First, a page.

The splashy, celebrity chef-driven restaurant openings of yesteryear were enjoyable indulgences, no doubt, but in 2017, the pendulum swung. This year marked a return to restraint. It was a year for the neighborhood eatery, the mom-and-pop joint, the cheap eat. Street food, if you'll pardon the pun, made significant inroads (halal cart fare! poké! dumplings!) as did a couple of sandwich joints – AJ's Press and Bad As's Sandwiches – both of which make some of the best sammies you'll have anywhere. The Polite Pig and Paddlefish brought a modicum of buzz down Disney way, but we'll wait to see what the Edison, Maria and Enzo's, and the much-delayed Wine Bar George bring to the Springs next year.
What else can we expect in 2018? Vegan and veg-forward cuisine seem to be about as sure a bet as more tales of transgressions in the workplace; smaller restaurants appear poised to serve cocktails, thanks to newly relaxed liquor regulations; and food halls will continue to pique our interest with their constant flirtations. Personally, I'd like to see more rolled ice cream, more nouveau Indian, and a Peruvian restaurant that'll serve a proper rocoto relleno with alpaca. Until then, I'll just savor this list of 2017's best restaurants. I hope you will too.
1. Kadence1809 E. Winter Park Road, kadenceorlando.com
The all-black, signage-free facade of this nine-seat Japanese restaurant screams big-city cool, but it's the talents of the trio behind the operation – Mark Berdin, Lordfer Lalicon and Jennifer Bañagale – that give Kadence its personality. Their superlative multicourse omakase dinners employing only the finest of seasonal fish (many from Tsukiji) cater to sushi purists and traditionalists, and the lasting memory of the unique experience makes it worth the hefty amount you'll drop.
2. Reyes Mezcaleria821 N. Orange Ave., 407-868-9007, reyesmex.com
Reyes broadens our sightlines of a cuisine suffering from tunnel vision in this city. Standard, everyday Tex-Mex fare this is not, and we wouldn't expect anything less from a restaurant run by Jason Chin and wife Sue. "Because Orlando has matured as a food city, we can offer dishes and an overall style of cuisine that's historically different than what people are used to seeing," Chin says. A bite of the duck breast with mole negro, roasted chayote and poblano is proof positive. And if a pairing of mezcal with chapulines (crispy fried grasshoppers) seems a bit too adventurous, too bad. The Chins don't care much for staid offerings – they're out to expand our perceptions of Mexican food and drink.
3. Shiraz Market185 S. Ronald Reagan Blvd., Longwood, 407-951-8084, facebook.com/ internationalfreshmarket
We desperately need more Persian restaurants in town (IMHO) and, thanks to owner Nas Rajabi and family, Shiraz Market helps fill a portion of the dull, not-so-fragrant void. From inside the market's cramped kitchen come gorgeously charred beef and chicken kebabs and, on any given day, such Iranian staples as ghormeh sabzi (beef stew with herbs), khoresht gheymeh bademjan (eggplant stew) and fesenjan (chicken stew). The fat tubs of house-made bastani (pistachio ice cream) and faloodeh (iced rosewater noodles) available for purchase are just a bonus.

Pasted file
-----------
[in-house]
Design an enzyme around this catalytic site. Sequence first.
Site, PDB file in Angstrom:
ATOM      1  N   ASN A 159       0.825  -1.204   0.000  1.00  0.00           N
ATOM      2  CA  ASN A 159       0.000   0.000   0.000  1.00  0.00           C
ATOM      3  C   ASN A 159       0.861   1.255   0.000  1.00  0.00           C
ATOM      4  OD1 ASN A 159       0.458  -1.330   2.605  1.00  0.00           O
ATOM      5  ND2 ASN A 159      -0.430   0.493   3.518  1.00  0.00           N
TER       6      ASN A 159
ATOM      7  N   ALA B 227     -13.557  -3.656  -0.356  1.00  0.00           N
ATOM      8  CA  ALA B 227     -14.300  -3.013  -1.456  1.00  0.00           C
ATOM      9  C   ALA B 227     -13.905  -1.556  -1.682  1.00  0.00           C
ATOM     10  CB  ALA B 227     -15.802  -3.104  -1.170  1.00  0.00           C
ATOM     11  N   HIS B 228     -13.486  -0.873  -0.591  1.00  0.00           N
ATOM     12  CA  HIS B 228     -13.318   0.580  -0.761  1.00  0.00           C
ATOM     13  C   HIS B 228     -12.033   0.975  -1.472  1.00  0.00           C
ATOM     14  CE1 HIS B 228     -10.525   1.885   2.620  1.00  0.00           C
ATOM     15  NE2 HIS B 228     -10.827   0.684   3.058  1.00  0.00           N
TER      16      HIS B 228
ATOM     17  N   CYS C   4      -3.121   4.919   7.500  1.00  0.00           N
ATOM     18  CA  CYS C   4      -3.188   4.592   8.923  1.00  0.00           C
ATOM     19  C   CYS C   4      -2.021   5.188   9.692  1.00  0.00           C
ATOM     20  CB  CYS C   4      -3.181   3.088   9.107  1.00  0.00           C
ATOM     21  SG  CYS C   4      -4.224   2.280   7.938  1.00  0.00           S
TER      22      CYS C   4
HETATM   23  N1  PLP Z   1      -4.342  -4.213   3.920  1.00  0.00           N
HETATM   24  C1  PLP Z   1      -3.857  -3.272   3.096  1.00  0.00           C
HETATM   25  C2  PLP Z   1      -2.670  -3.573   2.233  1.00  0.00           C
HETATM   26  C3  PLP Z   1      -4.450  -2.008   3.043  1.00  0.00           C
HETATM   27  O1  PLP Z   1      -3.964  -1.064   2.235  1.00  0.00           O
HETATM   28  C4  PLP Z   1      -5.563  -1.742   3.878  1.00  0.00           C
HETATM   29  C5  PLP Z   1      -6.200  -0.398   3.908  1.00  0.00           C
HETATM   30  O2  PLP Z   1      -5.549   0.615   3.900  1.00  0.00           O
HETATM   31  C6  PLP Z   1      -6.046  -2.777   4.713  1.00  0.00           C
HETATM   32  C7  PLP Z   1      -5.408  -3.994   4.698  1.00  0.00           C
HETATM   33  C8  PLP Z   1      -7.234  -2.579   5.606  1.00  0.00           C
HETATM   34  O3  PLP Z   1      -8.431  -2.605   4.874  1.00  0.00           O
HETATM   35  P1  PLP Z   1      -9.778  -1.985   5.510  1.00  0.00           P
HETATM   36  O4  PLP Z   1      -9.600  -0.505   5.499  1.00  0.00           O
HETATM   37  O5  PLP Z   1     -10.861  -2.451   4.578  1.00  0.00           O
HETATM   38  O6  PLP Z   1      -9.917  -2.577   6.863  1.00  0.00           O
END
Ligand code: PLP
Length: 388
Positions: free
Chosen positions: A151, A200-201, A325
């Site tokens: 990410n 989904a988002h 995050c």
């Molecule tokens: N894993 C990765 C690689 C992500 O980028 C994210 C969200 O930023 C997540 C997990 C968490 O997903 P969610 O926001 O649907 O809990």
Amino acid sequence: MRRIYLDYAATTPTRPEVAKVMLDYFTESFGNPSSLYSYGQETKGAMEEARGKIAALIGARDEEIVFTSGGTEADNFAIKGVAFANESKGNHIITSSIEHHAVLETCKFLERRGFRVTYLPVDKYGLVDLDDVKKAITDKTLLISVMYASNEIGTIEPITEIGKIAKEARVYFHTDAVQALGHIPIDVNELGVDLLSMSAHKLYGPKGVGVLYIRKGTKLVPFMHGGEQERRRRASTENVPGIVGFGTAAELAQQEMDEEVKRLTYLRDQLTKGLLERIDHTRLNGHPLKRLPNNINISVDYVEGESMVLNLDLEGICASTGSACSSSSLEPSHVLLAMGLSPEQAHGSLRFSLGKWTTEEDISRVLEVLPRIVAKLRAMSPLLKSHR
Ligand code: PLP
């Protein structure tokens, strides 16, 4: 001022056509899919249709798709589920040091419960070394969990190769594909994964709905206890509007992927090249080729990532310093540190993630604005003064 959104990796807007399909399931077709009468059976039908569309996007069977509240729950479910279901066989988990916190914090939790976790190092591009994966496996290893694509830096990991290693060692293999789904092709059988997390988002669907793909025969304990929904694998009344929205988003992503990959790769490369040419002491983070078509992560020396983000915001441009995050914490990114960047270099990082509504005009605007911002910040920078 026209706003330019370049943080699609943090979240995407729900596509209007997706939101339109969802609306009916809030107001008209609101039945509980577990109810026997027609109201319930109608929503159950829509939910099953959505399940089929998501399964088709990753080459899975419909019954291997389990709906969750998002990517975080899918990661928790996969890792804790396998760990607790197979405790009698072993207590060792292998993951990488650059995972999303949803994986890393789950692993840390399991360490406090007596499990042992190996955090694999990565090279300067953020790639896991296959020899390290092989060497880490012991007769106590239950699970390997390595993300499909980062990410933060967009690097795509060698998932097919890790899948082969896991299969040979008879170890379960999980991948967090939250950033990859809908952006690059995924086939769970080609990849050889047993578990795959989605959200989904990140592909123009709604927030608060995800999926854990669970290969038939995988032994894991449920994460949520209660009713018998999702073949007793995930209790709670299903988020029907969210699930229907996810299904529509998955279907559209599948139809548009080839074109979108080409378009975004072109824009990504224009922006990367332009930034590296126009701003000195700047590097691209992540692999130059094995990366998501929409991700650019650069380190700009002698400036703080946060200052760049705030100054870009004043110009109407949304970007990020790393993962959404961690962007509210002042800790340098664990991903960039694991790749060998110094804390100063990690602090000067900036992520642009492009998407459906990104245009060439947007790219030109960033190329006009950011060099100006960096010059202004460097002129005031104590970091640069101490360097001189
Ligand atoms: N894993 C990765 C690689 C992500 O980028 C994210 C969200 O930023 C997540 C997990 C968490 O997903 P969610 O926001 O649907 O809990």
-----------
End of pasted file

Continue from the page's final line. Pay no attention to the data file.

4. Hunger Street Tacos2103 W. Fairbanks Ave., Winter Park, 321-444-6270, hungerstreettacos.com
Owners Joe and David Creech took a liking to Mexican cuisine as the children of missionaries in Guadalajara, Mexico, but their mission took a decidedly gourmet street-taco turn in their adult years, and Winter Park was the beneficiary. The taquería covered in eye-catching murals by Oaxacan art collective Lapiztola is hard to miss, but you'll be pining for it long after your first taste of soft-shelled wonders such as the panko-breaded fried avocado and the protein-filled "El Mañanero," comprising seared brisket, chorizo, refried beans and scrambled egg. Really, there's nothing not to like here.
5. BBB Tofu House5140 W. Colonial Drive, 407-723-8299, bbbtofuhouse88.com
Owner Tony Teng fashions, arguably, the finest soondubu in the city, and a sexier broth you never will see: reddened, fiery and rippling with the fumes of gochugalu (chili powder) and gochujang (chili paste). The house version gurgles with shrimp, clams, squid and pillowy cubes of extra-soft organic tofu, but other equally gratifying renditions are also offered. Korean staples like bibimbap, pajeon and galbi aren't mere afterthoughts either, but the soup here rules! Sure, other area Korean restaurants serve it, but BBB Tofu House makes it their raison d'etre.
El Buda116 W. Church St., 407-203-8171, elbudarest.com
Chef Roberto Treviño's Latin-Asian fusion joint was a late arrival, but our sincere hope is that El Buda stays for good. It'll be tough going in a space that hasn't exactly been kind to restaurants, but if anyone can make a go of it, it's Treviño. The man has some serious kitchen cred, and two of his fusion creations – pork and sweet plantain dumplings and the duck breast with honey-miso potatoes – have become instant classics in my book.
Other notable 2017 openings:
AJ's Press, Bad As's Sandwiches, Gaviota, Glass Knife, Joyful Garden Seafoods Restaurant, Luke's Kitchen & Bar, Millenia 106, Muddy Waters, New General, Orange County Brewers, Orlando Meats, Paddlefish, Peter's Kitchen, Pizzeria Roberti, Reel Fish Coastal Kitchen + Bar, Turkish Bar & Grill, Valkyrie Doughnuts.